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Kohana 3.4: codenamed "bridge"
  • Hey all!

    This was written around 3 weeks ago, I am sorry if there is any outdated info

    Lately (read last few months) there was too much discussions in the forums and IRC about the future of Kohana.

    We are pretty much stuck because the core devs are too busy, and/or do not believe in the framework anymore and/or do not believe in the framework based software development in general. Here, I have to give my special thanks to @Zeelot3k, who took time to respond to all issues on Github and Redmine concerning the release of Kohana 3.2.

    What remains for us, the community, is either to fork the project or to wait more. I am definitely still wanting to wait more, as I do not have the resources to fork. However, in my understanding, waiting is also should be a proactive.

    This is why I have compiled here my toughs regarding my vision of what can be the next Kohana.

    Kohana, a blurry roadmap?

    I can clearly see that Kohana has a good roadmap. It's not that we don't know what we should do next. In fact, we have a clear goal towards the 3.4 release. It's right there, on Redmine. What makes it blurt is Kohana's environment:

    • We're pretty much isolated. PHP/FIG/Composer community has its own roadmap. We're unsure if we should follow them or not.
    • Core developers do not believe in CFS anymore. They prefer IoC/DI design. Personally, I don't mind to better redesign the core, but I also prefer keep the CFS.
    • Core developers, rightfully, teach us clean coding, coding without a framework, and use the framework only as a delivery mechanism.
    • Core developers do not have time to code for the framework.

    Kohana 3.4, the bridge

    Addressing the situation described above, steps for the next version(s) of Kohana:

    Release 3.3.2

    Releasing 3.3.2 still requires lots of efforts, because some of the bugs we closed in 3.2.3 also applies to 3.3.2. However, we do not support PHP 5.2 for 3.3.x series. Which means that we have to rewrite some of the PRs with language construct that were not available in PHP 5.2, for performance. Also, a rewrite is a must for some other PRs that have classes re-factored in version 3.3.

    Another issue is to support PHP 5.6, which will probably be generally available in the next few months. Fortunately, they did not deprecate a lot of stuff. Again, fortunately, Travis-CI provides the PHP 5.6 runtime, so it would not be too hard to test for.

    A debatable issue would be to support HHVM, which have come a great way towards full Zend engine compatibility. Of course, they still need few months, or years, for 100% compatibility, but I presume Kohana should run fine on HHVM. Travis-CI provides the HHVM runtime.

    Release 3.4 with full namespace and full PSR-0 and PSR-4 support

    What I am suggesting here is to keep the current API of Kohana 3.3.x series. Which means we probably only need to namespace and rename our classes according to the PSR-0 standard. A PSR-4 support would also be helpful for shorter directory structures which might be good for the CFS transparent inheritance. PSR-4 basically allows us to treat the underscore character just like any other character, so we do not have to divide the path into other folders. It probably allows us to do things like this:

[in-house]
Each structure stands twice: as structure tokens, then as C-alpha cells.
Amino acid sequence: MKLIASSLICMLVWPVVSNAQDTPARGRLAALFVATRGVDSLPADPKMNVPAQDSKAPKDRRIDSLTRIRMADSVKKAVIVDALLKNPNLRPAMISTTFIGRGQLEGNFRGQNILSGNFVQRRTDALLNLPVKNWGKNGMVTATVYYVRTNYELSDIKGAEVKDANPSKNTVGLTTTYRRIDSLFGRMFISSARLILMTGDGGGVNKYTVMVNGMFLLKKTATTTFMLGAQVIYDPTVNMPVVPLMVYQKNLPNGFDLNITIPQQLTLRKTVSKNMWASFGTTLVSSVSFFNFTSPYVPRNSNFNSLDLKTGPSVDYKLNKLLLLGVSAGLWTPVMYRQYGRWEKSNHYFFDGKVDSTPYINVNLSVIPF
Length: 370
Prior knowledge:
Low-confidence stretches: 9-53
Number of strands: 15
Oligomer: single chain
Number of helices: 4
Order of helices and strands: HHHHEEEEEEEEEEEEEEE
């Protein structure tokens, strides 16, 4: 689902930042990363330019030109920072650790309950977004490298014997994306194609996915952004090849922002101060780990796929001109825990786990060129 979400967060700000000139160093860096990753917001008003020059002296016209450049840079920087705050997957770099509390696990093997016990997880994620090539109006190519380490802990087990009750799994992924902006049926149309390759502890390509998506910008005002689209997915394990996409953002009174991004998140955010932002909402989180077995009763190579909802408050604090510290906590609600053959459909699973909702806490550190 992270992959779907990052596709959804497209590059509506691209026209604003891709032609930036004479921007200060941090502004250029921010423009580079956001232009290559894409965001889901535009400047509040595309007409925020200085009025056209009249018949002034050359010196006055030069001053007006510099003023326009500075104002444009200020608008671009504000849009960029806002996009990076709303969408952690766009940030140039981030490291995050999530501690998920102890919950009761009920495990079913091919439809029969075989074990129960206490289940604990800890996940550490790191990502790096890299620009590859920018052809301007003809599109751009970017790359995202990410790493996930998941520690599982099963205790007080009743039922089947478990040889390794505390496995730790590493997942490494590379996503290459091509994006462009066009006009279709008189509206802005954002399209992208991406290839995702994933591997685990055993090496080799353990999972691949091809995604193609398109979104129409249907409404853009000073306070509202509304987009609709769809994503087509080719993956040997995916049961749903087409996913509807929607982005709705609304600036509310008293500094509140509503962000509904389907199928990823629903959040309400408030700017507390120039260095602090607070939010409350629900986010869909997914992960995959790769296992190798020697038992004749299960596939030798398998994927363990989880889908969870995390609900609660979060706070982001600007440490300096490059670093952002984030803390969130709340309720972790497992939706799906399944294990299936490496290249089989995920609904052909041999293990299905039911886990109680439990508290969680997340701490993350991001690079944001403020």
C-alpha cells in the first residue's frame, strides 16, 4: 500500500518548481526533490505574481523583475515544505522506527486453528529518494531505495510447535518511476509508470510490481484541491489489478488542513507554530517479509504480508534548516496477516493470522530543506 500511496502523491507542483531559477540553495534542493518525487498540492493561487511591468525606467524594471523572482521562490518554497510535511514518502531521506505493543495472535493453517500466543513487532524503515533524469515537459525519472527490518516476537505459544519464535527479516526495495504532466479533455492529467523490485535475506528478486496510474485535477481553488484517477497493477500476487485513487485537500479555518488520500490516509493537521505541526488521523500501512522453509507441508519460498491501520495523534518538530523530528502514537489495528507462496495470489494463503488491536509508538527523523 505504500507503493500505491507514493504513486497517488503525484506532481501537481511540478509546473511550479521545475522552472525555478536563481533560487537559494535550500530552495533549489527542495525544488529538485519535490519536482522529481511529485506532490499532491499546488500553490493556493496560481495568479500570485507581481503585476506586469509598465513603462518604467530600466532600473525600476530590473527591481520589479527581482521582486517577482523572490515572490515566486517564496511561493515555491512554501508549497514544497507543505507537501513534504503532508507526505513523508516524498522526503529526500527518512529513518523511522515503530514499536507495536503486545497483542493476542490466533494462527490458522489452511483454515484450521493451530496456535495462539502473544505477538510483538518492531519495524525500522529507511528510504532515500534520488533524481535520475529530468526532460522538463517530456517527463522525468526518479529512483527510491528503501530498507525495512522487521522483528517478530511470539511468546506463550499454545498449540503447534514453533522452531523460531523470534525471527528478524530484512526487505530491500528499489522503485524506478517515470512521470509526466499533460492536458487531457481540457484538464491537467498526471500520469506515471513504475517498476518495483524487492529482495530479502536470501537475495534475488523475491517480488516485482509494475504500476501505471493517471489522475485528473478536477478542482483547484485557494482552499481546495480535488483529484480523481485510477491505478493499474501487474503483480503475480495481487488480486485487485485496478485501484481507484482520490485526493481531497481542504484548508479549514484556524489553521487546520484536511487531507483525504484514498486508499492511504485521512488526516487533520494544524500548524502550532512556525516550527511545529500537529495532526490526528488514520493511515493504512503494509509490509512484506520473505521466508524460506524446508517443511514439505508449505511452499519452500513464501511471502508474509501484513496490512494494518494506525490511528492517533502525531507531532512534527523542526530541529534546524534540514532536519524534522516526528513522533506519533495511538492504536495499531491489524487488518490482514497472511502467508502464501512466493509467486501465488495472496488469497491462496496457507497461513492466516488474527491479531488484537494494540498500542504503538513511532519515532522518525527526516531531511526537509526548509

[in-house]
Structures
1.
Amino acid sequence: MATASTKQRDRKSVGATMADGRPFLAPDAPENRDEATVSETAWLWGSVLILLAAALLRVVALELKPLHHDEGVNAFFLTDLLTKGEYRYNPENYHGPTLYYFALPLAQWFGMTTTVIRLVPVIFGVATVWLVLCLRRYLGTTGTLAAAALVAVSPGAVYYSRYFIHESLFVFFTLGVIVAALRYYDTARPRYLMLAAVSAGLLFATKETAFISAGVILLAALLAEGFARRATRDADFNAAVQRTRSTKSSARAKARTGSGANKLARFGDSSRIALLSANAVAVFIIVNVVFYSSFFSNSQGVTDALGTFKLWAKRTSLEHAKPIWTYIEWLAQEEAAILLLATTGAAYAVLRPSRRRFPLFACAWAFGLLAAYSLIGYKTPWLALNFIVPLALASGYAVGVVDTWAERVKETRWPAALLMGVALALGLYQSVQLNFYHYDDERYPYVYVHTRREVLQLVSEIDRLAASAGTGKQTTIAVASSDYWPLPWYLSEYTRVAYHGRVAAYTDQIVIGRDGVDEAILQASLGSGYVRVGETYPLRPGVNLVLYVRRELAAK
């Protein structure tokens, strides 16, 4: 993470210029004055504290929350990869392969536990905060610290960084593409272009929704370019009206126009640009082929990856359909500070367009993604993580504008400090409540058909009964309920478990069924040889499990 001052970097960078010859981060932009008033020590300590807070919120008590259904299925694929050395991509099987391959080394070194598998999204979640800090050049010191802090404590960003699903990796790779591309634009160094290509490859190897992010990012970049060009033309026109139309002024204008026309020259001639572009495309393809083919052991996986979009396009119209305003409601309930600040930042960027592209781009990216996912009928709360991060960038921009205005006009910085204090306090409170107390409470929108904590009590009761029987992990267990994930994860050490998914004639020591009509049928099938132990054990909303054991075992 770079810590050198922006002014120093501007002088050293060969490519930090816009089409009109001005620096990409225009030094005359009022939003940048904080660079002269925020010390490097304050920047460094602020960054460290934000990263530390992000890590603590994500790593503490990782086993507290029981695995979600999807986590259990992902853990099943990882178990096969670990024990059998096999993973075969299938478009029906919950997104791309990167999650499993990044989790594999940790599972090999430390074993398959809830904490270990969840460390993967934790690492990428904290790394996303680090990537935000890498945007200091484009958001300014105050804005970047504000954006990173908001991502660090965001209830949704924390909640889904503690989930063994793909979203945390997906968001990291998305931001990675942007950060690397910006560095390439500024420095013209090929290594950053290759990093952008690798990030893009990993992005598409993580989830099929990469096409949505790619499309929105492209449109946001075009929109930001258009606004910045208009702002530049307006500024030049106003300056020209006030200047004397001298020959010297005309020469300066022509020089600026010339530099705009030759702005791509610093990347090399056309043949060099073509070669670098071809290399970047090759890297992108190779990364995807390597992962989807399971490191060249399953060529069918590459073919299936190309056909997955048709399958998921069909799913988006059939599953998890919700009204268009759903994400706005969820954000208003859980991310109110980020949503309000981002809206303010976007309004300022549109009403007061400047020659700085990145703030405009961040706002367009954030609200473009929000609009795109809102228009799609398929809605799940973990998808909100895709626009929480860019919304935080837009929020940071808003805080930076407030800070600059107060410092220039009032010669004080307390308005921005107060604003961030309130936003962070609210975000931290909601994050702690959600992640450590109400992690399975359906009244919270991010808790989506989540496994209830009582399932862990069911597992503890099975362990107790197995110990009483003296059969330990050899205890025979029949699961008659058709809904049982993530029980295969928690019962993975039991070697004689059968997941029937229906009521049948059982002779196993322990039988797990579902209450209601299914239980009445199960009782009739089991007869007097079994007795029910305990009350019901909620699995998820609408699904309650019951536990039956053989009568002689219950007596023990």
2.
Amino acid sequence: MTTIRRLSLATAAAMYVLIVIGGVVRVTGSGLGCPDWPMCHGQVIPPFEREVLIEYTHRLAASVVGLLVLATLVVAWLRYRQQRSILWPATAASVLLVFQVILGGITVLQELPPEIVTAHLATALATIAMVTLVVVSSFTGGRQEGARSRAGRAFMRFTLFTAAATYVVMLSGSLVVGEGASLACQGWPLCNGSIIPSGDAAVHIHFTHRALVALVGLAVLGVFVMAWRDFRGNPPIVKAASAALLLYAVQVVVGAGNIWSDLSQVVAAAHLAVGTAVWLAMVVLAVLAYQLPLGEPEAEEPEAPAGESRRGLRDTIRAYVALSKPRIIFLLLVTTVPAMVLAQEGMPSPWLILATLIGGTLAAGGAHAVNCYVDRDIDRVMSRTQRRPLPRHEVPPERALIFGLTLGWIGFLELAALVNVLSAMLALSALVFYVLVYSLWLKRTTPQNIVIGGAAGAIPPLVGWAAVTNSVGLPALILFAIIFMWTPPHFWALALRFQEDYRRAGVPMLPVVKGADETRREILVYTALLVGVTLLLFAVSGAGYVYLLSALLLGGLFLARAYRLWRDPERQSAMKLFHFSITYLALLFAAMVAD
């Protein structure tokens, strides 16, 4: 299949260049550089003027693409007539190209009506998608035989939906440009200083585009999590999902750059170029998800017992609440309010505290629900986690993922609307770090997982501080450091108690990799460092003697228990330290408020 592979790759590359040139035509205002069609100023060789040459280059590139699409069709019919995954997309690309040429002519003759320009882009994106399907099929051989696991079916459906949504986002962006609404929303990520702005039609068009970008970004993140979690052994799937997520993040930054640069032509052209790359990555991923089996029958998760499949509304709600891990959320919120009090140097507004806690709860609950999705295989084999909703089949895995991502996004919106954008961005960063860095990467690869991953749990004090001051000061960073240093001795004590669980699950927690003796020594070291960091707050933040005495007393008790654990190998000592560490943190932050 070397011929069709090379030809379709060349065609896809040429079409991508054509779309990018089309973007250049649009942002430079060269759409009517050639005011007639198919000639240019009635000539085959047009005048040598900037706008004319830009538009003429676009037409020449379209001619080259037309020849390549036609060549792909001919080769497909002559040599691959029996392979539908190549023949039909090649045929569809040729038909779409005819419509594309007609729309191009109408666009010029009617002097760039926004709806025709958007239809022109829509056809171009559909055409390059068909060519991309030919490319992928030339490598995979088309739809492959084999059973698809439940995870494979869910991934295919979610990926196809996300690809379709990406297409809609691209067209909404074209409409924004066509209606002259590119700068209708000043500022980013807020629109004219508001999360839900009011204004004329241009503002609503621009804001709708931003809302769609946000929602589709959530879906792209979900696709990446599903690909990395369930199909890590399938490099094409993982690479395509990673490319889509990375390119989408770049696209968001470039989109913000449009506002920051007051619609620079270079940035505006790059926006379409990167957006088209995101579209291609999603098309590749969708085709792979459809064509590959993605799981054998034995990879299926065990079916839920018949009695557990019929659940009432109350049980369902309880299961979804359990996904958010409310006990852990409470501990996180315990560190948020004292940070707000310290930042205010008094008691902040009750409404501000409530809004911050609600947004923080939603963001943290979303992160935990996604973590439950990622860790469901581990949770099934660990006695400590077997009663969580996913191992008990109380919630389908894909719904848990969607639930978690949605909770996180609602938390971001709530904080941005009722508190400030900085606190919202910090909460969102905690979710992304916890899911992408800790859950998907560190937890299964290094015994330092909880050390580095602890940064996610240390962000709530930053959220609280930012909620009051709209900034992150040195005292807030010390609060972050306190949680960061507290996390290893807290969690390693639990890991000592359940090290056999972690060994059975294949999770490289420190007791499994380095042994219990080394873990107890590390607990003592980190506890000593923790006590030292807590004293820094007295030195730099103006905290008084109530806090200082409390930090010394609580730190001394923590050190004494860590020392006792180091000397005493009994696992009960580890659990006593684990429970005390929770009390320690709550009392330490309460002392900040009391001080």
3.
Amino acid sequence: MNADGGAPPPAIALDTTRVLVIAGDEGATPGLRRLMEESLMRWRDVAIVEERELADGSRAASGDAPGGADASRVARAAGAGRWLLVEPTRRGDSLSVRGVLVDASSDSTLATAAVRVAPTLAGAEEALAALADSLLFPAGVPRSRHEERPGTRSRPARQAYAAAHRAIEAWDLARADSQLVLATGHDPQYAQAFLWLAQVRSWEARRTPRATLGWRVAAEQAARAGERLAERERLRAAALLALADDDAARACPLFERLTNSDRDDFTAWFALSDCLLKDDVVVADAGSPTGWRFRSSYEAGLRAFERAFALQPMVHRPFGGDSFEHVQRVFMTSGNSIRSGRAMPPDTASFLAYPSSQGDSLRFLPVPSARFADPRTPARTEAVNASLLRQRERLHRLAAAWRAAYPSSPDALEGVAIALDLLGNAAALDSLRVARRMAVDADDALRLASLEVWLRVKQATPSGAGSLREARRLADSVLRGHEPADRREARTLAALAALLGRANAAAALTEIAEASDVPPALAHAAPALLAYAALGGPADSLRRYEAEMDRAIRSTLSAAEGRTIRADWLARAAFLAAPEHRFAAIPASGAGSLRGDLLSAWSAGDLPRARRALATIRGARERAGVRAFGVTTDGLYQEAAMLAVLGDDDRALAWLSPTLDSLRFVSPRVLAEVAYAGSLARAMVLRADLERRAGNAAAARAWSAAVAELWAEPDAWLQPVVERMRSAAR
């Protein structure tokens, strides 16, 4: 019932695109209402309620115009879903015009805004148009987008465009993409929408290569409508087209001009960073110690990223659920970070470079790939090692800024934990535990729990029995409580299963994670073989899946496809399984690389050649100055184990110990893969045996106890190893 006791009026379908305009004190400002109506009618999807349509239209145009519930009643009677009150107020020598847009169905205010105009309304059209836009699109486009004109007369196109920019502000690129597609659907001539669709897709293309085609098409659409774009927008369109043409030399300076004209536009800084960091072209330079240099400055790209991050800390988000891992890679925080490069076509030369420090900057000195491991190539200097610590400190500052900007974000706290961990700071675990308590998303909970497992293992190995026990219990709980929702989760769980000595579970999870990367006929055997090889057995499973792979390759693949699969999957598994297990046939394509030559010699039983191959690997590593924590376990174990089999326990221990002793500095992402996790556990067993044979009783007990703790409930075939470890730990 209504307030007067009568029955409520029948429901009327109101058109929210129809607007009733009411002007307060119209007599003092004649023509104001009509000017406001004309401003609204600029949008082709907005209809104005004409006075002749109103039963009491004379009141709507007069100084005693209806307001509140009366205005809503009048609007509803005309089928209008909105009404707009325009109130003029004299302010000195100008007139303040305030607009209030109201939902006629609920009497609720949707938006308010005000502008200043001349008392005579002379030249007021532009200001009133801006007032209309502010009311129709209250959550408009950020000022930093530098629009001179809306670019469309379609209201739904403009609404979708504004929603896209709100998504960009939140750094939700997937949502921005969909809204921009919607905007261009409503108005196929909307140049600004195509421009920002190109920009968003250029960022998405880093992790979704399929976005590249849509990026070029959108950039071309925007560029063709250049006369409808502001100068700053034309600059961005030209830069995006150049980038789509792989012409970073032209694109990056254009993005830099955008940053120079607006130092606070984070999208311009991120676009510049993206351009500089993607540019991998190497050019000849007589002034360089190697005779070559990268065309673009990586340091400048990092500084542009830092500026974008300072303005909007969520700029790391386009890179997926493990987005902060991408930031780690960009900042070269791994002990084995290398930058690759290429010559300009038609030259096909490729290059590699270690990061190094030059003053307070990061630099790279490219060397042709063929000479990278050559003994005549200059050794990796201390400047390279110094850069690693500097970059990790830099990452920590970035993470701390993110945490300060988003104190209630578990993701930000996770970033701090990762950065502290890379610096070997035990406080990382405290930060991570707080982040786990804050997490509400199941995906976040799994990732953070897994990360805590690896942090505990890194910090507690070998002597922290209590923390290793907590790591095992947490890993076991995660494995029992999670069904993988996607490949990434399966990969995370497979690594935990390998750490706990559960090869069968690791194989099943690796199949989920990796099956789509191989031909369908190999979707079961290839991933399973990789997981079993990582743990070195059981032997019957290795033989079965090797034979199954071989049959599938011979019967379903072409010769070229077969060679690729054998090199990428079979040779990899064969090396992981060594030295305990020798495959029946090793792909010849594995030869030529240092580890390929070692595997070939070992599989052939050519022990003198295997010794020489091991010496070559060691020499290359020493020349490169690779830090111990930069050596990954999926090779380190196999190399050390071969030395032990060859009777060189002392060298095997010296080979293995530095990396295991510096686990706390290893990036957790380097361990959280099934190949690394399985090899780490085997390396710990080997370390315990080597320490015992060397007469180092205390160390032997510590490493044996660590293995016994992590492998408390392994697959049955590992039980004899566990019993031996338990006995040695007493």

// path: classes/Kohana/Kohana_Exception.php
    class Kohana\Kohana_Exception { ... }
    
    // path: classes/Kohana/Exception.php
    class Kohana\Exception extends Kohana\Kohana_Exception { }
    
    // path classes/Kohana/Core/HTTP/Kohana_Header.php
    class Kohana\Core\HTTP\Kohana_Header extends \ArrayObject { ... }
    
    // path classes/Kohana/Core/HTTP/Header.php
    class Kohana\Core\HTTP\Header extends Kohana_Header { }
    
    Release a compatibility layer/module with Kohana 3.3

    Instead of refactoring our big apps to support Kohana 3.4, a compatibility module will help us use Kohana 3.4 and to slowly change our code with regards to PSR-0/PSR-4 and namespacing. I am talking about a module that will init the 3.3 autoloader and will have the old classes extending the core 3.4 classes. I don't think we need to init the autoloader in case we decide not to support PSR-4 in Kohana 3.4. This helps large codebases to slowly refactor its classes, while the old classname conventions can live with the new one.

    Release 3.5 with the feature requests of 3.4

    Unfortunately this means that we have to reschedule all the features of Kohana 3.4 to Kohana 3.5. Personally, I give those features a priority over PSR-0/PSR-4/Composer stuff... But we're in emergency "mode" now...

    Kohana, the bridge, and YOU

    Yeah, it seems it's all about us. Why us and why it's called the bridge? Because:

    • This roadmap is a bridge towards the rest of PHP community. We will be closer to other PHP developers with our code.

    • It is a safety bridge, in case of Kohana dies. Our re-factored code might live in other frameworks, with default PSR autoloaders.

    • It is a bridge towards a brighter future of Kohana. Kohana will use namespaces and will catch other frameworks at least with regards to namespacing.

    Happy Coding!

  • "I can clearly see that Kohana has a good roadmap. It's not that we don't know what we should do next. In fact, we have a clear goal towards the 3.4 release."

    this is not the right way. In the beginning we need add and implement new mechanisms\interfaces. follow the path of gradual upgrade does not make sense.

    Later I will write a more detailed action plan.

  • Thanks for the update on the Kohana 3.4.

    Regarding HHVM everyone eyes on it. I sure kohana runs fine on HHVM. We're running our [GleezCMS] (https://github.com/gleez/cms). We're pretty much confident, it works 99%. We faced minor issues on HHVM.

    We're running a demo here as well http://hhvm.gle.gs/

    It's a nightly custom build of HHVM for Centos 6.5 which can be [found here] (http://yum.gleez.com/6/x86_64/repoview/hhvm.html)

  • this is not an update on Kohana 3.4, but a suggestion.

  • System requirements


    • PHP

      php.net: Please note that the PHP 5.3 series will enter an end of life cycle and receive only critical fixes as of March 2013. All users of PHP are encouraged to upgrade to PHP 5.4.
      New minimum version 5.4.

      Pros:
      • Support for traits - flexible groups of methods
      • Short array syntax: $a = [4, 5];
      • Always available short_open_tag <?=, it's convenient to use in view
      • Class member access on instantiation: (new Foo)->bar();
      • Safe mode is no longer supported, magic quotes has been removed
      Cons:
      • Call-time pass-by-reference was removed, so using it will raise a fatal error.
        function foo(&$var) {
            $var++;